Joyful Humility: For God is at Work! by Pastor Randy Johnson

A frequent occurrence that gives me joy is when someone out in the community asks what I do and as soon as I tell them that I’m one of the pastors at First United Methodist Church they respond with a glowing comment about some member of our congregation who is involved in helping make our community a better place to live for all our neighbors.  I feel that same joy every Sunday as I look out on this congregation and see the faces of people who know and live out the meaning of joyful humility.

These people, like so many of our own personal faith heroes, illustrate what we learn from the Bible about humility.  Humility is not about putting ourselves down or hiding our gifts to avoid drawing attention to ourselves.  When we turn to the Scriptures we discover that there is a kind of joy which comes when we develop a clear and positive sense of who we are, identify our gifts and intentionally connect our gifts to the work of God in our lives and in our world.  Humility is expressed in the recognition that all we are and have is a gift from God and that the path to joy involves ordering our steps by the Word and work of God.

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Joyful Prayer by Pastor Leah Rosso

Dorothy Day was most well known for her work with the poor and the Catholic workers movement. She lived from 1897-1980 and was utterly focused on hospitality, always talking about how we can welcome people as Christ. She also happened to be a heavy smoker. Her day began with lighting up a cigarette. Every Lent Dorothy would give up smoking, but by halfway through Lent the rest of the community was usually praying that she would take it up again! One year, as Lent approached, the priest who ordinarily heard her confessions urged her not to give up cigarettes that year, but instead to pray daily, "Dear God, help me stop smoking."  She used that prayer for several years without it having any impact on her addiction.  Then one morning she woke up, reached for a cigarette, and realized she didn't want it and never smoked another. (1)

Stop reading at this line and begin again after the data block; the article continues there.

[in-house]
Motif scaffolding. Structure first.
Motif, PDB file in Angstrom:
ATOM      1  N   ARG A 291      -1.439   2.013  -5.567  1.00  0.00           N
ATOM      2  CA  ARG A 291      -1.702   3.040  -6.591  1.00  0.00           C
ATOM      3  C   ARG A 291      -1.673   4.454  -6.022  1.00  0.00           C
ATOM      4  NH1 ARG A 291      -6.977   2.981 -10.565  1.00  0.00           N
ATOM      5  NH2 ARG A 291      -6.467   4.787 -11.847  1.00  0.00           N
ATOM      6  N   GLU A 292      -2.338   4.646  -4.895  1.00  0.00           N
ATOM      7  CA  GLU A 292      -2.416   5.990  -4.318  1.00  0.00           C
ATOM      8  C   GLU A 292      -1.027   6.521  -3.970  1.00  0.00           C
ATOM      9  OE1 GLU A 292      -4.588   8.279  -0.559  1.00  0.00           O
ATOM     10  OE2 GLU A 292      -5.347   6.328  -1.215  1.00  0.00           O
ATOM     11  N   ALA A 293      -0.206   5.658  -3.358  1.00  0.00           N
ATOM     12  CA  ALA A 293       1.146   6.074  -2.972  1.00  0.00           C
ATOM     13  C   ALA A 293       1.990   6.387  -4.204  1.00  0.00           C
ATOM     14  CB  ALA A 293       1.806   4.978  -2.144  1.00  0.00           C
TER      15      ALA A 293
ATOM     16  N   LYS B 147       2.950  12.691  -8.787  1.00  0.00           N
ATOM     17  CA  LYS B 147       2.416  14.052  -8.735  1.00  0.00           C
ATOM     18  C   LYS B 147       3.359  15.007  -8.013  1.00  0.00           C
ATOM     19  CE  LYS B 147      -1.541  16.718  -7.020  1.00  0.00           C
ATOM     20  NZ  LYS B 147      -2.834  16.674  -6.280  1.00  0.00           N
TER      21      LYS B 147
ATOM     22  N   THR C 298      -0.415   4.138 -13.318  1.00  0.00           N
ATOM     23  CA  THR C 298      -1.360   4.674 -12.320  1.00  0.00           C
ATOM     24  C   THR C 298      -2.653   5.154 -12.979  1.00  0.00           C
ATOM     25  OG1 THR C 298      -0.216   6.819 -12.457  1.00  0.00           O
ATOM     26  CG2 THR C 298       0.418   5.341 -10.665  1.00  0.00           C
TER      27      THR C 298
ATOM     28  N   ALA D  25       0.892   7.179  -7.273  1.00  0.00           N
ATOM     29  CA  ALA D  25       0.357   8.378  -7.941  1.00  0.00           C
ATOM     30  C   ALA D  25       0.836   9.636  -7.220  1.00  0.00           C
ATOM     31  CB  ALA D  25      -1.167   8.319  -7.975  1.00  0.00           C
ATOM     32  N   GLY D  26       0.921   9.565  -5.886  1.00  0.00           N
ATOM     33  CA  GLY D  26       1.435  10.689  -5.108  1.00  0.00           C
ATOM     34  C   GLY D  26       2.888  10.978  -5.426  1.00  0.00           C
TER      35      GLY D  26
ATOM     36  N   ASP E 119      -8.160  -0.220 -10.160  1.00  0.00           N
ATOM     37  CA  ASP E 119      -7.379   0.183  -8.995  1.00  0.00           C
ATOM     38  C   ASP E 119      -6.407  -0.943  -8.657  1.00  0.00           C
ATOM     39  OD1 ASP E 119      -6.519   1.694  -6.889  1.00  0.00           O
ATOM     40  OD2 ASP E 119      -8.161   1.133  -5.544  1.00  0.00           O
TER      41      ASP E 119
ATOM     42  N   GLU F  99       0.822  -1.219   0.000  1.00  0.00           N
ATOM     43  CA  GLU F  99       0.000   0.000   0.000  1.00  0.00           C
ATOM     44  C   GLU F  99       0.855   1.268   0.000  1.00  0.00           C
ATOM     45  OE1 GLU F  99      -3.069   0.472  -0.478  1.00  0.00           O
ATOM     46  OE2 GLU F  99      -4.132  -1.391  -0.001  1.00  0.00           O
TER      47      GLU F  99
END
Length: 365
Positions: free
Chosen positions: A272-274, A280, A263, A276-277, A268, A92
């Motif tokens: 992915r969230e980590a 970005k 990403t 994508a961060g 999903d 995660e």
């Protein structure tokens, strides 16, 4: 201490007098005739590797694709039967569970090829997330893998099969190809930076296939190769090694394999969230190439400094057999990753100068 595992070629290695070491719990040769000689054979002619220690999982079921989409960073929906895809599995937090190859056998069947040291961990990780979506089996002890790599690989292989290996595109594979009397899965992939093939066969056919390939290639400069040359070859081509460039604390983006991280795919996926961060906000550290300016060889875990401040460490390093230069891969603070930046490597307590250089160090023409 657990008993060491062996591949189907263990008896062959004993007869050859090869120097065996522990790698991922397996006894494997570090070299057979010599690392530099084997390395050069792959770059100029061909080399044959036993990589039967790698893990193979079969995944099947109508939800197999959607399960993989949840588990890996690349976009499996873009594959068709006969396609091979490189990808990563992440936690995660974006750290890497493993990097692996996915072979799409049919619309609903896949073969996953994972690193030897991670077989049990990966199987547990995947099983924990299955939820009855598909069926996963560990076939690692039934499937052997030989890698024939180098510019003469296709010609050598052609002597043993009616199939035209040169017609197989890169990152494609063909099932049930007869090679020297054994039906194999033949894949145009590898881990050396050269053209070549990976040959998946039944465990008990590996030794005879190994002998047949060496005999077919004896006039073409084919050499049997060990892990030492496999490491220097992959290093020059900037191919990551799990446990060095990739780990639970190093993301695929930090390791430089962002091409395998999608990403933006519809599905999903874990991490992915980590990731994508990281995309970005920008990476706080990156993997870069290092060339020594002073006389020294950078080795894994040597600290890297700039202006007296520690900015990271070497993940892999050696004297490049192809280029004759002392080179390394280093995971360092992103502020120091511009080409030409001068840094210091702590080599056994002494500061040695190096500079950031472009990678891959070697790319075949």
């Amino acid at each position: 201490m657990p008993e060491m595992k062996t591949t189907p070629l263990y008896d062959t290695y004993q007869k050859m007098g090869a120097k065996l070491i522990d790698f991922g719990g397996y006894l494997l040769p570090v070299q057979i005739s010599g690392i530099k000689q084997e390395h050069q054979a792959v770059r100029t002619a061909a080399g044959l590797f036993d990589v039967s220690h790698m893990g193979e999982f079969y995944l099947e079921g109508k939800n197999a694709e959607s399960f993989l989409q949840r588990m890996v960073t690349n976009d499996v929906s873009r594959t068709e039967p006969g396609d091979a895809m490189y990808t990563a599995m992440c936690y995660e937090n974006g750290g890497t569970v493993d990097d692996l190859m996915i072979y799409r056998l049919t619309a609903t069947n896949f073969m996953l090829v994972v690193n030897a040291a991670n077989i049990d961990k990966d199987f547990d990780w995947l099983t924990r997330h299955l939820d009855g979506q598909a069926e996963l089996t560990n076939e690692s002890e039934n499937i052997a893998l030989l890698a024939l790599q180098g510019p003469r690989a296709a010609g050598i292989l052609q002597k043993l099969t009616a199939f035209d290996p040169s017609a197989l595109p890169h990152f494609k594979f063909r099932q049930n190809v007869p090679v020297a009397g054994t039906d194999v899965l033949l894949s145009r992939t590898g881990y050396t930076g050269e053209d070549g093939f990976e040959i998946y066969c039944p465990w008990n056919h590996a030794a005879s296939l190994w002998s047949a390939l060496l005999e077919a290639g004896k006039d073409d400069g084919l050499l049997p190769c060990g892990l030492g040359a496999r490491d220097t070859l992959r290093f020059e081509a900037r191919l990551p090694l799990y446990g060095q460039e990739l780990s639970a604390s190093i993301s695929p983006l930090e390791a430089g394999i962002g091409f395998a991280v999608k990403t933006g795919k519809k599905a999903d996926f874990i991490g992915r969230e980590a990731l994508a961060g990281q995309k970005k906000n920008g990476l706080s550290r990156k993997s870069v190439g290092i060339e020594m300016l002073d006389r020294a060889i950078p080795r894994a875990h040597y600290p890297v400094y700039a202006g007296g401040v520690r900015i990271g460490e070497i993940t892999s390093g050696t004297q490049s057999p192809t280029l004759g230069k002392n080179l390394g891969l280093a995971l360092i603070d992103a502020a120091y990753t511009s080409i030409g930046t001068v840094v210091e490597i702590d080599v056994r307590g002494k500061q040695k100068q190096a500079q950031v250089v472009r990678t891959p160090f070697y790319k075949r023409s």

I share this story because I do believe that prayer is powerful and affective. I also believe that prayer is a lot of work sometimes and that many times it’s hard to know what affect it is having on us or on others. Mother Theresa said that prayer is to our soul like blood is to our body. I find that an interesting metaphor because of course we can’t live without blood in our bodies; and blood is also what carries nutrients, oxygen, proteins, and hormones throughout our body. Prayer is the carrier within our souls— bringing life and health and joy to us and to God. (2)

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Laughing on Ash Wednesday by Pastor Leah Rosso

Relentless Joy. In January when we decided on Relentless Joy as our theme for Lent, and it sounded wonderful to me. Six weeks to focus on joyful living; six weeks to read Paul’s letter to the Philippians and soak in all of the joy he talks about. I’ve always like Lent for this reason— perhaps because I grew up Methodist and wasn’t forced to give up chocolate every year, I always saw Lent as the time to do things different for six weeks and see how those six weeks then shaped my relationship with God. One year in high school I fasted every Friday with my best friend. The year I went before the Board for Ordination I added an hour of prayer to my morning routine to keep myself calm. One year I just committed to reading poetry because I missed reading it and knew that it would be good for my soul. One year Todd and I gave up TV and didn’t take it back for about four years after that. I liked the idea of Relentless Joy because it truly reflects what I’ve always thought was the best part of Lent— choosing to live joyfully by trying something new for a little while. As it says in the Westminster Catechism, our purpose is to worship God and to enjoy God forever. If our purpose is to enjoy God forever, why shouldn’t we start in Lent?

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A Time of Transfiguration by Pastor Leah Rosso

Every year on the Sunday before Lent begins with Ash Wednesday, we read this story. It is the story of Jesus being transfigured— changing somehow in ways that no one could explain, even then— while also being accompanied by Elijah and Moses, and even by the very voice of God.

At first blush, this seems like it would be a dream come true for the disciples. How often do we, as people of faith, long to have assurance of that faith. How often do we want to see Jesus— and not necessarily the humanity of Jesus, the muddy footed, tired, sweaty guy who walked through Palestine, but the divine Jesus— the one who fed five thousand people and spoke of love and makes everything right again.

Yes, this story brings with it awe and amazement and longing as we hear it because everything seems so clear. Moses is there: the one who led the people out of slavery and organized them into being God’s children; Elijah is there: the greatest prophet who ever lived; and then God’s voice comes out of the heavens and declares once again that Jesus is God’s Son and they should listen to him.

Yes, this seems like a story that puts everything in its rightful place.

It’s very similar to what I was hoping would happen at General Conference this past week.

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